We have reached a kind of post-historical point in culture where there is no longer a narrative about what art should or can be. As a result, we now see many artists producing ultra-referential works, drawing from the past, which becomes their subject—both praising and critiquing, and sometimes regurgitating - nameable points in cultural history. Art-historical allusion is nothing new: Picasso created several paintings based on Velazquez's 'Las Meninas,' and Manet referenced Titian's 'Venus of Urbino' for his scandalous 'Olympia.' But now, appropriation has become commonplace as a subject in itself - sometimes because it's just hard to create anything really new, and other times because we are justly compelled to trace the past in order to determine where we now stand in cultural history.
Guest Spot's latest exhibition "Read the Recap, Skip the Show" examines the appropriation or surveying of secondary sources and considers the action of allusion. This sort of referential curatorial thread could have easily been used as an arbitrary umbrella theme, because no work of art is entirely free from reference, intentional or not. But in this case, curator Tom Marquet has selected works from an eclectic group of artists that effectively address the many facets displaced appropriation.
And so, here you can read a recap of a show I recommend you not miss.
Placed at the center of the gallery floor, Björn Meyer-Ebrecht’s lean painted wood structures are particularly striking. Like bizarre bookshelves that function as pedestals, each sculpture displays an upright paperback book: “Art and Society: Essays in Marxist Aesthetics,” “Architektur als Ideologie,” and “Bauen seit 1900 in Berlin.” The design of the pedestals illustrates the modern architecture aesthetics presented in the texts. Because they evoke images of skyscrapers, they seem intentionally undersized (the tallest reaching about six feet) as if they were models for yet-to-be-constructed buildings - bringing to mind Vladimir Tatlin’s Constructivist model for the never-realized Monument to the Third International. By placing the text and the structure together, Meyer-Ebrecht provides an overt context of preceding aesthetic theory, forced to be reckoned with and examined in the present era, in a contemporary gallery.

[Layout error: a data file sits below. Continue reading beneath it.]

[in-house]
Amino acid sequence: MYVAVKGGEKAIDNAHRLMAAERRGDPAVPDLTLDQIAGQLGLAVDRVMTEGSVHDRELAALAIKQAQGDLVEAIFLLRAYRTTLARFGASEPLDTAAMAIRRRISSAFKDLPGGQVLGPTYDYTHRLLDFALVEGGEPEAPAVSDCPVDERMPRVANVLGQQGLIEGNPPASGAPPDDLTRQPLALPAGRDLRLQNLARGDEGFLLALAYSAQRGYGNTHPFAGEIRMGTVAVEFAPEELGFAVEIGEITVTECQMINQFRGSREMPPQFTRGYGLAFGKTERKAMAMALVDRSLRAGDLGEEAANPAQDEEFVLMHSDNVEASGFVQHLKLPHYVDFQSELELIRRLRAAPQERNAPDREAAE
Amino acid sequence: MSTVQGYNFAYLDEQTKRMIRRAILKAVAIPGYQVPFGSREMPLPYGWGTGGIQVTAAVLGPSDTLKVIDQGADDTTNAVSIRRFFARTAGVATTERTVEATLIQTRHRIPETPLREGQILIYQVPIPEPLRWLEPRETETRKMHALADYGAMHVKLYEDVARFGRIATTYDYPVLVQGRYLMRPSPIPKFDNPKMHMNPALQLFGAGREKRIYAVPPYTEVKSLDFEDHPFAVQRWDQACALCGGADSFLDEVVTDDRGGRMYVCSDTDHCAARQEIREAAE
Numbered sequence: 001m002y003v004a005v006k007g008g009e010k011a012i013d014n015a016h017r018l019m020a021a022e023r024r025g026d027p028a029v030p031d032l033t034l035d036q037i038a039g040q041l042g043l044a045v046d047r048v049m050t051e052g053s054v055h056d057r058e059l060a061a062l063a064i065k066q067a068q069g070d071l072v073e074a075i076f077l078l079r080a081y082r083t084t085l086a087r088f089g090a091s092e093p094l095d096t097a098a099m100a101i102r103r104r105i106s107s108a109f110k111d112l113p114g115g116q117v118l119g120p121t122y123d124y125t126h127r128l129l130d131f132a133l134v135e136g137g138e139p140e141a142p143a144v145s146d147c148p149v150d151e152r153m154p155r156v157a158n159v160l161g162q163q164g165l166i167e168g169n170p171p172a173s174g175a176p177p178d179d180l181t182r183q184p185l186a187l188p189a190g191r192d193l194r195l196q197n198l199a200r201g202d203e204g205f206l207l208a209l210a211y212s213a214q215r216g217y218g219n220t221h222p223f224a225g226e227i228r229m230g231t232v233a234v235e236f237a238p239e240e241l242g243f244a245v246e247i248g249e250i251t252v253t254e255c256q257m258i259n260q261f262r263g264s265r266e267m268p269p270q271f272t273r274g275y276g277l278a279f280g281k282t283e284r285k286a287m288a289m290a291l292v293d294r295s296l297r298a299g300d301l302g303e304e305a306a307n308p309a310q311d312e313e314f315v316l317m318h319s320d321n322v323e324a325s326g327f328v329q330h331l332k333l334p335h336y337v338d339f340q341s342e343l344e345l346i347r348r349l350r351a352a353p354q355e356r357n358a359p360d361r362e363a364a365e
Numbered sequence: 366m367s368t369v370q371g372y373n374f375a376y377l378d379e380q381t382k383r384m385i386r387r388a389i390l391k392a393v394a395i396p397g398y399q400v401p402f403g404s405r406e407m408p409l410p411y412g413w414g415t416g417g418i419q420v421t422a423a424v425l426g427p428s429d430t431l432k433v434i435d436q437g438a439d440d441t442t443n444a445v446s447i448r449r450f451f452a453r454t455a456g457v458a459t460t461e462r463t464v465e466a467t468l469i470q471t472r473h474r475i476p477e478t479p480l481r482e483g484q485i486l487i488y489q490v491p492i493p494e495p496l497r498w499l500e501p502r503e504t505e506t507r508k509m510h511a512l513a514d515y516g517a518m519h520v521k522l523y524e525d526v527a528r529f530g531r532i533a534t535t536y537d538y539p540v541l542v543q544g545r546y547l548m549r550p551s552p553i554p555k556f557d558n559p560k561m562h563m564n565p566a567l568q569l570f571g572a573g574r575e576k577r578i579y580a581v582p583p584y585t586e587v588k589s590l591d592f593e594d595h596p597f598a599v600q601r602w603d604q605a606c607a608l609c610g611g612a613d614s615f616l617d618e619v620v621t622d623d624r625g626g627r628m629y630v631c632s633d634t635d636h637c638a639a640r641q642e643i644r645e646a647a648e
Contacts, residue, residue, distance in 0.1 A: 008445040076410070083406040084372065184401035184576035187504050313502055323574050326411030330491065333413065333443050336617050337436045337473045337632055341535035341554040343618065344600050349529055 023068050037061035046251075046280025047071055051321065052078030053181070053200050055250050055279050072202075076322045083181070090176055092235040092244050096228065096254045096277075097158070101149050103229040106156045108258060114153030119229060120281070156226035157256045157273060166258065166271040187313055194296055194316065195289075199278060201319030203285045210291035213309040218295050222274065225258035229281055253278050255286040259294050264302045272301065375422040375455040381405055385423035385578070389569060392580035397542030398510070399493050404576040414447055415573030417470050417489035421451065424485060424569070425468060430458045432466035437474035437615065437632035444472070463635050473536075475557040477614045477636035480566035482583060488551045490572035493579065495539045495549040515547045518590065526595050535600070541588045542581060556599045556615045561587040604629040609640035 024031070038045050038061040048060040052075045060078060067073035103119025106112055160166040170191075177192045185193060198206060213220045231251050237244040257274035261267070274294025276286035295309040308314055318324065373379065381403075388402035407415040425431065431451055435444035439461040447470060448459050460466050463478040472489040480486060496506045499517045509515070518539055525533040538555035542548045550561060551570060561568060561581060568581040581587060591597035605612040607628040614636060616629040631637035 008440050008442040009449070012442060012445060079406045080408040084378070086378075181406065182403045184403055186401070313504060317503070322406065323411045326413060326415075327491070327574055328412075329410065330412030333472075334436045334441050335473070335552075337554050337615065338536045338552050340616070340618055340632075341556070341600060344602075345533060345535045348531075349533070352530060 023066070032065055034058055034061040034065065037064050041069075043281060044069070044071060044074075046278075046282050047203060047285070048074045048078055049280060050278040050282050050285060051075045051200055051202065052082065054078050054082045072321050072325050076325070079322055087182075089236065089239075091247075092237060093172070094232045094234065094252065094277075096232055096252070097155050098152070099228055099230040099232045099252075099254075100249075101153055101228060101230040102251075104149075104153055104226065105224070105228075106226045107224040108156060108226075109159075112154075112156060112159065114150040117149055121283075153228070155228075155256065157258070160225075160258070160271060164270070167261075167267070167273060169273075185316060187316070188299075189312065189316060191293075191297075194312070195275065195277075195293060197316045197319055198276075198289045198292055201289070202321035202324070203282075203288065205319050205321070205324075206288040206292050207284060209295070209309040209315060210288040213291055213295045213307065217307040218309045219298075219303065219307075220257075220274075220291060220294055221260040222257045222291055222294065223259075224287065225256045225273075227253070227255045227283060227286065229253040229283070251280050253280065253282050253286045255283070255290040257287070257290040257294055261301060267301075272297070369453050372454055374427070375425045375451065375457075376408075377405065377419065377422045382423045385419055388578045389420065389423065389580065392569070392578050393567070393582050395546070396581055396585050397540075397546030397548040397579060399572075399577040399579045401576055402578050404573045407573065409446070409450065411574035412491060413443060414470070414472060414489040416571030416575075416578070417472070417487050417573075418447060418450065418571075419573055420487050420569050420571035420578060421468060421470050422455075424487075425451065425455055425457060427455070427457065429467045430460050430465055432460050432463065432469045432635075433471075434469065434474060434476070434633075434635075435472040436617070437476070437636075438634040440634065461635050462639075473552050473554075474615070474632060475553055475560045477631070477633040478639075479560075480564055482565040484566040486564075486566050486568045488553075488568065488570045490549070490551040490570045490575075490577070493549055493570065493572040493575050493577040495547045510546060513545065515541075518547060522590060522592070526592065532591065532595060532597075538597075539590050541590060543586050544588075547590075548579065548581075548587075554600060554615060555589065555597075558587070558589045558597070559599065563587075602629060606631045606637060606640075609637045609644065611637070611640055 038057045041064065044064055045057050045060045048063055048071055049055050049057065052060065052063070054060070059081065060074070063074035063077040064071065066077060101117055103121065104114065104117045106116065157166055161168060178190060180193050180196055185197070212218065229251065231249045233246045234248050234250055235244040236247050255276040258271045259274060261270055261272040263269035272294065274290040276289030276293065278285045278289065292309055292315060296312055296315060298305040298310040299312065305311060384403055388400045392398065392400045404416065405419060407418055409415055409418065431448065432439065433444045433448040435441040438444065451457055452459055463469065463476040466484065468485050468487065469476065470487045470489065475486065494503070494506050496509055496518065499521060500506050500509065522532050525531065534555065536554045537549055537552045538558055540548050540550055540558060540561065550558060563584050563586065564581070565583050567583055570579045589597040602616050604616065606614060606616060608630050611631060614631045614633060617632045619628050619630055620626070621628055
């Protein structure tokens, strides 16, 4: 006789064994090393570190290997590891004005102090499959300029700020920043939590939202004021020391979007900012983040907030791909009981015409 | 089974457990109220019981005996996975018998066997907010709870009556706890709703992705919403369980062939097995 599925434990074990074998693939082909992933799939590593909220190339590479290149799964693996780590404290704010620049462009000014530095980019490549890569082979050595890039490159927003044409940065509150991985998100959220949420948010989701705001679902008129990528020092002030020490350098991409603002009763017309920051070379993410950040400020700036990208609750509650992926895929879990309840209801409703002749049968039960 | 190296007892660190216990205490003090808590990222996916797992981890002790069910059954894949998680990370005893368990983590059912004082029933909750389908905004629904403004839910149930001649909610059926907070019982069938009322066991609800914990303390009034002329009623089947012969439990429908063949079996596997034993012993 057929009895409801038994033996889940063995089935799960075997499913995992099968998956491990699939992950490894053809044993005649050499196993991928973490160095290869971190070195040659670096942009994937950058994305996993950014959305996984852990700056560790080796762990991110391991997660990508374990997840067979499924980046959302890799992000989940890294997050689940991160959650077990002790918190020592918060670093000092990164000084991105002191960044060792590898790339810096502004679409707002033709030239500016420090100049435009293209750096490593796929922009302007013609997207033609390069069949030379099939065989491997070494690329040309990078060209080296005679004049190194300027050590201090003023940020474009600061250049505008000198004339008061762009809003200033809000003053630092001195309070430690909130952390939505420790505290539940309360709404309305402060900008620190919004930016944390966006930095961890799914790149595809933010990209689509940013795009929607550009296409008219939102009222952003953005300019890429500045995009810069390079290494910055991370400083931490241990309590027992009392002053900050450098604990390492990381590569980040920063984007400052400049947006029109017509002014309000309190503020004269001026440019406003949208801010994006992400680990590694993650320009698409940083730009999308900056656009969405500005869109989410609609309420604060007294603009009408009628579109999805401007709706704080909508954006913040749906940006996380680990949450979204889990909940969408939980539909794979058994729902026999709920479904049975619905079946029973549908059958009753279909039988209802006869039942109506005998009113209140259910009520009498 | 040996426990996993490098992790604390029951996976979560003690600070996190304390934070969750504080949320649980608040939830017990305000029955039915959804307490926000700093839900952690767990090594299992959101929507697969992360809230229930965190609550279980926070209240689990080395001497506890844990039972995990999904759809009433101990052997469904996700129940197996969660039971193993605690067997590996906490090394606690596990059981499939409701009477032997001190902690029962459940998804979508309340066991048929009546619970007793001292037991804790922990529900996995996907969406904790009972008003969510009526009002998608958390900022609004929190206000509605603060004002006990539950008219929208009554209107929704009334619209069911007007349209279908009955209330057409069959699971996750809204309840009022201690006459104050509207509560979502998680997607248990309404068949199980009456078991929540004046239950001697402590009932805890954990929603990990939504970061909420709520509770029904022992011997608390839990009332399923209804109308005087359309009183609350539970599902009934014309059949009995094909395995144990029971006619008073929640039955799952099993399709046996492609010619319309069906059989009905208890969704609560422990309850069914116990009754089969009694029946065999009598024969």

Similarly echoing art-historical forms, Margo Benson Malter’s ‘After Judd II’ takes the shape of a step-like Donald Judd sculpture, covered in digitally-printed fabric of seemingly random patterns that have an internet-kitsch quality: cloudy blue skies, polka dots with tiny faces, clusters of clip-art shapes. The nonsensical patterns seem to mock Judd’s iconic minimalist sculptures, in a way, as if they themselves were annoying memes. That kind of imagery appears in Malter’s two quilts, one of which, ‘S/O to O.S (SOS),’ features stock photos of hands varying in skin color, along with patches containing opened and closed eyes. The angles in the quilt pattern seem to form a near-Swastika shape. Even if this is completely incidental, or I’m just reading into it too much, the quilt uses common symbolism, repurposed and rearranged to create a new design, as is the nature of quilting.